From colonial America to the present day, The Known Citizen traces a long history of laments over the supposed death of privacy in the United States. Indeed, author Sarah E. Igo suggests that many considered privacy dead as soon as the idea was first articulated. Inherent in these expressions of loss is the notion that there was something of value to begin with—that privacy was available and important, and now has slipped away. But as Igo recounts, Americans of different economic circumstances have not always enjoyed the same privacy rights to begin with.
On the one hand, Igo traces the age-old link between privacy and privilege. The ideal distilled by Warren and Brandeis—the right “to be let alone”—has in many ways been an entitlement unique to the upper classes throughout American history. It was this desire for privacy that helped shape post-war suburbia. Privacy was the luxury of a large house and a wide lawn, yet at the same time a mask for more invidious motives to flee urban centers.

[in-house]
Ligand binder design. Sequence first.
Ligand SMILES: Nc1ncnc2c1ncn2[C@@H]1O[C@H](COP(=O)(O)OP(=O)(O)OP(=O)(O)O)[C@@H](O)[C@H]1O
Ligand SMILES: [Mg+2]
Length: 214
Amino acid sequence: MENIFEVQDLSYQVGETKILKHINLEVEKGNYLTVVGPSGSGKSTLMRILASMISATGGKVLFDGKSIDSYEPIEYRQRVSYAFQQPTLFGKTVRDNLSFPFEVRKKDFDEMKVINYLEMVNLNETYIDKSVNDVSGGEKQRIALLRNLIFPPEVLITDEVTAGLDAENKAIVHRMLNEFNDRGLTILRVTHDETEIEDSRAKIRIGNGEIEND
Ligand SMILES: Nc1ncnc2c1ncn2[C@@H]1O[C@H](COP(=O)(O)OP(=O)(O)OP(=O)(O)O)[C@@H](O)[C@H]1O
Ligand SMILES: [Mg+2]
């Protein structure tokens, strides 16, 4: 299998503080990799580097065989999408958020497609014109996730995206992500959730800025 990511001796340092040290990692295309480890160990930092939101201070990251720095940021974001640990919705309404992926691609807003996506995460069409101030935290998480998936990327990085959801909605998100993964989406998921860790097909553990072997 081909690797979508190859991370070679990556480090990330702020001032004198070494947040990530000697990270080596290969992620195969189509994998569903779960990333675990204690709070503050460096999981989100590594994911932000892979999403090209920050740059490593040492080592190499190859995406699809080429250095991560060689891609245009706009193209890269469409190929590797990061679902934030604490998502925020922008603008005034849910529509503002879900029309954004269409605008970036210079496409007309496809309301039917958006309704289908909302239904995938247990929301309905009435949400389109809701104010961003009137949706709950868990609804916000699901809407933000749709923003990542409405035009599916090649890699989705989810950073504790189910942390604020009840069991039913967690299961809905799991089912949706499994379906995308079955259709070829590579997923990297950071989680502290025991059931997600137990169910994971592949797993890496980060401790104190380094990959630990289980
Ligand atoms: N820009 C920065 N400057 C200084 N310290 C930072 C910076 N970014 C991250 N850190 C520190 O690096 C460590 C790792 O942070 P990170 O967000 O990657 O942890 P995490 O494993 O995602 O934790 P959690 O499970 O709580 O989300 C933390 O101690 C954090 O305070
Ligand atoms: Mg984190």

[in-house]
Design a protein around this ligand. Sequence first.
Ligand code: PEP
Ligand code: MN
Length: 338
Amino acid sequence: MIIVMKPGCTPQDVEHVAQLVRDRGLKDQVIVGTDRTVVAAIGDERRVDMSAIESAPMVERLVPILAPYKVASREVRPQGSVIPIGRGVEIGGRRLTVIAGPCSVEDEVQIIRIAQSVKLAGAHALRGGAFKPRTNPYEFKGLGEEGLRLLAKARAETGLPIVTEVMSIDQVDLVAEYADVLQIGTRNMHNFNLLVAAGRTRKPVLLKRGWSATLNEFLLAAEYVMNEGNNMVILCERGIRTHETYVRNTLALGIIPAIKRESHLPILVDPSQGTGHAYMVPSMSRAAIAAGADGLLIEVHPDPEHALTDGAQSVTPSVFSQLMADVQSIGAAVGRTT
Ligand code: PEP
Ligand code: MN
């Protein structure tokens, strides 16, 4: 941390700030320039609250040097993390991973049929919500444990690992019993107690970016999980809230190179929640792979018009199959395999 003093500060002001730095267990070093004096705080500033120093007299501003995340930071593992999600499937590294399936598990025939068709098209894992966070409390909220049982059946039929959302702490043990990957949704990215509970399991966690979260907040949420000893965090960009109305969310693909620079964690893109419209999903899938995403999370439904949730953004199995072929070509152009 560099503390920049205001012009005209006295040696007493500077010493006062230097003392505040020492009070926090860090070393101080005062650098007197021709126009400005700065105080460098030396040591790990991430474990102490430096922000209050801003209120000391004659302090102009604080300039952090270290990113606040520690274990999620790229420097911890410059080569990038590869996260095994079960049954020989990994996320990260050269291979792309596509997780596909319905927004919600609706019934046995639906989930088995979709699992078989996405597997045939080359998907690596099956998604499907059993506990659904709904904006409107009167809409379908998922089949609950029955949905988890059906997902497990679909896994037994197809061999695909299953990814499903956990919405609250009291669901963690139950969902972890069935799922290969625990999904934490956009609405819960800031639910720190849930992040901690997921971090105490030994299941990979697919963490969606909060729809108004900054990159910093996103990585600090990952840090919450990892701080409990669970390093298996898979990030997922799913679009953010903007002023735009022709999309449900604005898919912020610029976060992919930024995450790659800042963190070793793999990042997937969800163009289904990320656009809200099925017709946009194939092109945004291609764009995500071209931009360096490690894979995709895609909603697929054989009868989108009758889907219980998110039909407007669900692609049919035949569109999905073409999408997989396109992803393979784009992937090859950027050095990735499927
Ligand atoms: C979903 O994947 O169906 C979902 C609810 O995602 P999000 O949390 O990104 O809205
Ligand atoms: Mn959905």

But a different narrative emerges for low-income Americans. Beginning with New Deal, surrendering one’s privacy was effectively a requirement of obtaining social assistance. From probing questions by social workers about the sexual habits of female welfare recipients to voyeuristic studies by sociologists determined to help poorer African American populations, access to government benefits has often come at the cost of divulging personal information. Whether this trade-off was a fair or consensual one was given little thought until the civil rights movement gained traction in the 1960s and 70s.
Still, despite new technological threats and a history of unequal access to privacy, Igo’s book suggests that efforts to protect privacy are not in vain. Assaults on privacy are not new, and many of the ethical issues surrounding the commodification and use of personal data are centuries old. As The Known Citizen describes: although the cries that privacy is dead are oft-repeated, in truth they are calls to action.
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